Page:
British Journal of Nutrition

Papers on General Nutrition

Effects of changes in the intakes of protein and non-protein energy on whole-body protein turnover in growing pigs

P. J. Reedsa1, M. F. Fullera1, A. Cadenheada1, G. E. Lobleya1 and J. D. McDonalda1

a1 Rowett Research Institute, Bucksburn, Aberdeen AB2 9SB


1. The relationships between the intakes of protein and of non-protein energy (NPE), nitrogcn retention and body protein synthesis have been studied in female pigs weighing 30 and 35 kg.

2. Four animals were assigned to three regimens and given a conventional (basal) diet supplemented with fat, carbohydrate or protein. After 1 week, measurements of N excretion in urine and faeces (7 d collection) and gaseous exchange (3–4 d) were made. At the end of the balance period a solution of [l-14C]leucine was infused at a constant rate. Body protein synthesis was then calculated as the difference between the apparent irreversible loss of blood leucine and the loss of 14C in expired air.

The animals were then offered the basal diet without supplement for 10 d and the measurements of N retention, energy retention and protein synthesis were repeated.

3. The intakes of metabolizable energy (ME; MJ/kg body-weight (W)0.75per d) were 1.75 for fat, 1.58 for carbohydrate, 1–25for protein and 1.18 for the basal diet; corresponding intakes of apparently digestible N (ADN; g N/kgW0.75 per d) were 2.30,2.31,4.35 and 2–17. Daily N retention, which during the period of basal feeding was 13.6 g was increased by between 3.4 and 7.2 g by the supplements. Daily fat deposition was also increased in the animals that received the diets supplemented with carbohydrate and fat.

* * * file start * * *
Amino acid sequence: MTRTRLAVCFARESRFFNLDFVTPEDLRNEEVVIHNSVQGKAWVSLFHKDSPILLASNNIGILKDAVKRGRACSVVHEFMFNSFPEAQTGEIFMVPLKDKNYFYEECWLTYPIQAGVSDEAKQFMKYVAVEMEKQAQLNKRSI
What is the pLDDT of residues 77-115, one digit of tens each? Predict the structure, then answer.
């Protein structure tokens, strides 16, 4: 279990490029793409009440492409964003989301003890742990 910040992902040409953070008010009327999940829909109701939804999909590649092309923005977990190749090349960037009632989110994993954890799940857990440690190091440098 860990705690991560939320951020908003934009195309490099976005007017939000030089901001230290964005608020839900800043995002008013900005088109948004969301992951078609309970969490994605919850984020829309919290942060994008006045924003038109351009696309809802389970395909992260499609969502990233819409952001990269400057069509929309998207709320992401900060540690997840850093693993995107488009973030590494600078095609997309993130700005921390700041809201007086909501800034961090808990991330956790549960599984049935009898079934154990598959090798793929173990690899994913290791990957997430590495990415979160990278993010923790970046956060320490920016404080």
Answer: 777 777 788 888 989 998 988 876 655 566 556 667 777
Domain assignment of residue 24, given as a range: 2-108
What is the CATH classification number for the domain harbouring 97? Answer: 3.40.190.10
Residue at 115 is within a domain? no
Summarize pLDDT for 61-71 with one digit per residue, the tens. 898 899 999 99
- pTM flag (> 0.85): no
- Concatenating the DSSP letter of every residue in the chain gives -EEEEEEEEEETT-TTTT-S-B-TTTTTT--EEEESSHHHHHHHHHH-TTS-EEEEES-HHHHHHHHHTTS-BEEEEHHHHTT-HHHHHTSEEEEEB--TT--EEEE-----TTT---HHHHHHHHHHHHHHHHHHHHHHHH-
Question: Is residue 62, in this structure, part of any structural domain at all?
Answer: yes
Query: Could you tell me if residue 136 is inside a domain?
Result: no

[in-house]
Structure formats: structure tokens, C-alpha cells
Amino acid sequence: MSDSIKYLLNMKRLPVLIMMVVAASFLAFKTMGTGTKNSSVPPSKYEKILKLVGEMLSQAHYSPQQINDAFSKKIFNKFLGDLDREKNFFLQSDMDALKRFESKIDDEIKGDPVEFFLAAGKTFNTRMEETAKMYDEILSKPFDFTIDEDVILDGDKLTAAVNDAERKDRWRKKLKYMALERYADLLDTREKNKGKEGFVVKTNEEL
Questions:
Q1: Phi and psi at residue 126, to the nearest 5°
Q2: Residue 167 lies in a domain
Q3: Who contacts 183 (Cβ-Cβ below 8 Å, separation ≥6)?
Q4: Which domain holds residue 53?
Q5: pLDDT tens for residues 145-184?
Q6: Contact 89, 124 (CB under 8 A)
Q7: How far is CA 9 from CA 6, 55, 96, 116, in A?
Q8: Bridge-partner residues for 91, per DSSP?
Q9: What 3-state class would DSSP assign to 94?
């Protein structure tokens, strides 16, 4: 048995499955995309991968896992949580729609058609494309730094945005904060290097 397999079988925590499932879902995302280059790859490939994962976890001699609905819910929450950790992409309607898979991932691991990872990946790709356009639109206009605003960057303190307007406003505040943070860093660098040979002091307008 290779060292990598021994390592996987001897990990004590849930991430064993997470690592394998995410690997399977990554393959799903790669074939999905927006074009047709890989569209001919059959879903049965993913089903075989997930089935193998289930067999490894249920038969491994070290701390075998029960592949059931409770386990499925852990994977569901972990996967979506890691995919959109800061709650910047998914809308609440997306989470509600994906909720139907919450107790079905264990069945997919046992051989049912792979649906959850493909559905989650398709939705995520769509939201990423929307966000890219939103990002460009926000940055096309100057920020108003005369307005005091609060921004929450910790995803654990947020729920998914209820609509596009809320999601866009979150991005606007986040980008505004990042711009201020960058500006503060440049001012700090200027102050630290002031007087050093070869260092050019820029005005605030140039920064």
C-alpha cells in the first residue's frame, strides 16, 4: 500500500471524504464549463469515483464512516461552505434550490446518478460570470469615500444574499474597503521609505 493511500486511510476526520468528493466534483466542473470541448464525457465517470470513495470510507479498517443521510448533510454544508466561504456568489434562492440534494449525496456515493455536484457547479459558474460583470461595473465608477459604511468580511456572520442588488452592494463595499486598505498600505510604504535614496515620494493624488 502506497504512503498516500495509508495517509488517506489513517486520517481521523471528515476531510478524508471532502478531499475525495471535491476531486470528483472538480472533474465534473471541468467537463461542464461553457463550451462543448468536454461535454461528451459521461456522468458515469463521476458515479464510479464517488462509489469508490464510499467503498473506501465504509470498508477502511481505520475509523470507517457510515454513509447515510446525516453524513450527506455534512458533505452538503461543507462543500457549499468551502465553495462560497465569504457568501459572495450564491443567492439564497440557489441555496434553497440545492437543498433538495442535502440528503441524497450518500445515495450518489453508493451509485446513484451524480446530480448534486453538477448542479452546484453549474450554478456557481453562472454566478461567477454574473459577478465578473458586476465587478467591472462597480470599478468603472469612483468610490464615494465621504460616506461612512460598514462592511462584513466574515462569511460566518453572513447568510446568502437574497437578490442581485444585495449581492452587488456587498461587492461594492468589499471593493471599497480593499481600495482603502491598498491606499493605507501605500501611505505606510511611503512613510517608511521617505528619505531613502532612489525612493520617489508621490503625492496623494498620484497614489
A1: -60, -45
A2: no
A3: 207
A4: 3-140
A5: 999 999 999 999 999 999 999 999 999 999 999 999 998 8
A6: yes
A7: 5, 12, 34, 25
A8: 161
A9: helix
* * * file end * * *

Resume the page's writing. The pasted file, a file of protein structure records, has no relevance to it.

4. The rate of leucine catabolism was significantly reduced in the animals receiving the diets that were supplemented with W Eand increased by the addition of protein to the diet.

5. When based on the specfic radioactivity of blood leucine both the synthesis and breakdown of body protein (per unit metabolic body-weight) were increased by 30% in the animals receiving the high-protein diet but the increases in protein synthesis associated with the addition of carbohydrate (+14%) and fat (+12%) were much less marked. Consideration of these results together with previous observations (Reeds et al. 1980) suggested that body protein synthesis(g N/d) increased by 0.88 for each g increase in daily ADN and by 0.93 for each MJ increase in daily ME intake.

6. Comparison of the results obtained with the animals given high-carbohydrate diets and those given high-protein diets suggested an increase in heat production of 14 KJ/g of additional fat deposition. A similar comparison of animals receiving the high-protein and basal diets suggested a heat increment of 23.5KJ/g additional protein deposition. The changes in heat production and protein synthesis in the animals given the protein supplement were compatible with a heat increment of 5.3 KJ/g additional protein synthesized. Because of the large proportion of heat production associated with the deposition of fat this could not be confirmed with either of the other supplements, but it is possible that the energy cost of protein accretion varies with the relative proportions of protein and NPE in the diet.

(Received June 30 1980)

(Accepted December 12 1980)